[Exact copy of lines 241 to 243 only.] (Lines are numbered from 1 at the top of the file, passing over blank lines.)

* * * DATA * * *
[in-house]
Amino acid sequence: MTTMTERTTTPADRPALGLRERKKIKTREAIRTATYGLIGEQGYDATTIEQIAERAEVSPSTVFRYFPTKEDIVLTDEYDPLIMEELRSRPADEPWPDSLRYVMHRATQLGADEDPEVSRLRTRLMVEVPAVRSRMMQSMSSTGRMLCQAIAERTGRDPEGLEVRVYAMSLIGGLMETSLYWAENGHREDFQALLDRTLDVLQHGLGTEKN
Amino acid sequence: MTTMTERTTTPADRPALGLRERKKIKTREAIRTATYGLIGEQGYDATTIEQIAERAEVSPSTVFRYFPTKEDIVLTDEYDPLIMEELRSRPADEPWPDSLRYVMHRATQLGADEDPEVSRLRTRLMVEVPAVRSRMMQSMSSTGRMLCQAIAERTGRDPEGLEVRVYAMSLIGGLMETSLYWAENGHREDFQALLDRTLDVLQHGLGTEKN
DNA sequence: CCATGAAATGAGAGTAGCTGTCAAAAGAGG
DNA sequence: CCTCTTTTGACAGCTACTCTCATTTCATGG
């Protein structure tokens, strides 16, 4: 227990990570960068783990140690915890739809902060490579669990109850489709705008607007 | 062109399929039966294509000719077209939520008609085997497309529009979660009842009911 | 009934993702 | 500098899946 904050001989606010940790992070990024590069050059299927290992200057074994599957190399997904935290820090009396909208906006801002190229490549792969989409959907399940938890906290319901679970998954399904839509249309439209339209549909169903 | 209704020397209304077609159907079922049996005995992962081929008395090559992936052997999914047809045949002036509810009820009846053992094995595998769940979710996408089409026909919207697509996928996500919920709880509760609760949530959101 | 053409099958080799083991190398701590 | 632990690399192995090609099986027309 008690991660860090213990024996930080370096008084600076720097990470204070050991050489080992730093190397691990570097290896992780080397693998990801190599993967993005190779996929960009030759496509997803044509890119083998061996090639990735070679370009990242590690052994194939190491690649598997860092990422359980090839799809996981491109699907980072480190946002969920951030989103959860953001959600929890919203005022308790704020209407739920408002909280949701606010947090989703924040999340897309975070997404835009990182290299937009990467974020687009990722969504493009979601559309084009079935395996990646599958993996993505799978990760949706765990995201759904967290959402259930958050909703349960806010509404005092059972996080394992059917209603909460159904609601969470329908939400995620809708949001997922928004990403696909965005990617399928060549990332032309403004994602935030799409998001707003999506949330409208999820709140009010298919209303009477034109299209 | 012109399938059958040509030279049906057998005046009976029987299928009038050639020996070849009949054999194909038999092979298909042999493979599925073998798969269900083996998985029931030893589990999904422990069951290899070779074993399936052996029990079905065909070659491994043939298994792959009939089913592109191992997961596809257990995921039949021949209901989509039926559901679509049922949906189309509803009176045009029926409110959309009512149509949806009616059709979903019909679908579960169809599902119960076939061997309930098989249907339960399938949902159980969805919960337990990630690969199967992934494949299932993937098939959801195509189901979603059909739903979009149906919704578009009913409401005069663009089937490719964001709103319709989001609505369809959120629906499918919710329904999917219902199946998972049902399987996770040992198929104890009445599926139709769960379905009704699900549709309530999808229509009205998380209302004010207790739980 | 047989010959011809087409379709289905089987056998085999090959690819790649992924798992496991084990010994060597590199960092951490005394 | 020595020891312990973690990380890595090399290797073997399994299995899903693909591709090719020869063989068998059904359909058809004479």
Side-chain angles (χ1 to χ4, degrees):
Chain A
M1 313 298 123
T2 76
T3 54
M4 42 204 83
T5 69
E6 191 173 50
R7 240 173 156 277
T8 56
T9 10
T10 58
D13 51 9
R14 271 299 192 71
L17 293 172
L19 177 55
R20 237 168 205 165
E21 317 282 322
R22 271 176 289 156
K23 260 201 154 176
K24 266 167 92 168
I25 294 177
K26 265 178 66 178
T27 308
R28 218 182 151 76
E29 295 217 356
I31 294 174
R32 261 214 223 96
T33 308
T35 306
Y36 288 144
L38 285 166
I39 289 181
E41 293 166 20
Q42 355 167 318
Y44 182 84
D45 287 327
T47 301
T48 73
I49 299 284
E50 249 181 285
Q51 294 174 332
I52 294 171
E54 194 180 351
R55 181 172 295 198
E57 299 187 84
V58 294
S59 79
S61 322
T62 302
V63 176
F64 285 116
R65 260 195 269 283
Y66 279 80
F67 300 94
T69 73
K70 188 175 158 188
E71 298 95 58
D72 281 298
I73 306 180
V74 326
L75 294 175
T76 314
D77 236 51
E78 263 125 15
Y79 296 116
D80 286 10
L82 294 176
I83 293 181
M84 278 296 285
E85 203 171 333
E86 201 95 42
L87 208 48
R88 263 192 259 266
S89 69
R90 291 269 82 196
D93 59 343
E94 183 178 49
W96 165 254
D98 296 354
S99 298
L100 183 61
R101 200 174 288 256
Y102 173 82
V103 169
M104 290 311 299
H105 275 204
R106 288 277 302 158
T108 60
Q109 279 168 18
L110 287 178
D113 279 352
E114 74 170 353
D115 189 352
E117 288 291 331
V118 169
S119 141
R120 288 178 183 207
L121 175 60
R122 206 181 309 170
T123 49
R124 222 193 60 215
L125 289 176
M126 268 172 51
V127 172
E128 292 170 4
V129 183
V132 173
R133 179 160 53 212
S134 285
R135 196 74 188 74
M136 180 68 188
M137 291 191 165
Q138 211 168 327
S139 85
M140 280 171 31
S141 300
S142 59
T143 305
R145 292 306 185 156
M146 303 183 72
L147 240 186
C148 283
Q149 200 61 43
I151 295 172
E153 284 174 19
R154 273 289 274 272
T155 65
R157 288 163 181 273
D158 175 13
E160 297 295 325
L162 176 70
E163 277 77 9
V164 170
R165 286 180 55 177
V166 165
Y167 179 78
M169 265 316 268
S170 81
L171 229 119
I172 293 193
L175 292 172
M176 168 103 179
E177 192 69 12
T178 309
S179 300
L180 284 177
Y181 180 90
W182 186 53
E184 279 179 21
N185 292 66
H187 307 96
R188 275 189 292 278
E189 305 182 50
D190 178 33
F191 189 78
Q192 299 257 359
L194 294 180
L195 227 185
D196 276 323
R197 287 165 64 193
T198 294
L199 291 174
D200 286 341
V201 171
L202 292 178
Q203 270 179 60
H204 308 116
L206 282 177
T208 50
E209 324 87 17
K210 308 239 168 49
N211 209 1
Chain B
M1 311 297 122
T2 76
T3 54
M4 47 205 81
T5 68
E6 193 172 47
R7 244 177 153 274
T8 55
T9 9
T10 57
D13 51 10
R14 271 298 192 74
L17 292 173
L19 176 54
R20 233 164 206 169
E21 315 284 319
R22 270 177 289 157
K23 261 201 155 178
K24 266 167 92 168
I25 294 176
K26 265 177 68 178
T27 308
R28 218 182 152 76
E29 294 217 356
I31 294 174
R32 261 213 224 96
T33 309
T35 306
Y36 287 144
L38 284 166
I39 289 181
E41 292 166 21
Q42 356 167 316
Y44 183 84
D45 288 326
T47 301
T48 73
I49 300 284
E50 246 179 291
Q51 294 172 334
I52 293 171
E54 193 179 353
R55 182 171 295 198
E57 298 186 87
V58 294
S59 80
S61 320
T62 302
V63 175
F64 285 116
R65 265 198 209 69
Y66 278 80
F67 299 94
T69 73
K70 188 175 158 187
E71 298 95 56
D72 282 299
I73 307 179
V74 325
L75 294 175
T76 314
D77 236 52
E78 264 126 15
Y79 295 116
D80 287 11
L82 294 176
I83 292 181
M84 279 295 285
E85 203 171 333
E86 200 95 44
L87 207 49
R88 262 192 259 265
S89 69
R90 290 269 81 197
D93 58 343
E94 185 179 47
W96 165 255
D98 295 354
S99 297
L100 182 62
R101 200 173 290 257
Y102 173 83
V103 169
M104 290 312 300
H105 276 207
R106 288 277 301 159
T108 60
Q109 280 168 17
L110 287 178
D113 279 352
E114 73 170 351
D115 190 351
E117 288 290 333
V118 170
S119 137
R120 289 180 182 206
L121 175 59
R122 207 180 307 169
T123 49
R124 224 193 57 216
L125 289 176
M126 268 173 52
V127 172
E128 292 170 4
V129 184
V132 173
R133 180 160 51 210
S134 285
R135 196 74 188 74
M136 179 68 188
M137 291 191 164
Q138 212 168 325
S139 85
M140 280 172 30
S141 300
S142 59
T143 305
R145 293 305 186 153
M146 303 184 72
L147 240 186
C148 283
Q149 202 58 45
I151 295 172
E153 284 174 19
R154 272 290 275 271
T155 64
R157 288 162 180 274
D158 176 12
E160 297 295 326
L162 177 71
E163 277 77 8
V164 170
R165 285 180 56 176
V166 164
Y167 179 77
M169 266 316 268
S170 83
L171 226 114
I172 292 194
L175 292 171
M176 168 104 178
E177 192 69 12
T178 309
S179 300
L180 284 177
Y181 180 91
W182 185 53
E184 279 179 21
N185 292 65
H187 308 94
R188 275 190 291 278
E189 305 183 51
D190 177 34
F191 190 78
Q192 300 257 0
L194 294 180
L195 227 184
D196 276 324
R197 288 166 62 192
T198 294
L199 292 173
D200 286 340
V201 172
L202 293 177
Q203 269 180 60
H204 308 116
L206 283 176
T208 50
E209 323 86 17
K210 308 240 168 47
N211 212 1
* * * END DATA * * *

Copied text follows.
T76 314
D77 236 52
E78 264 126 15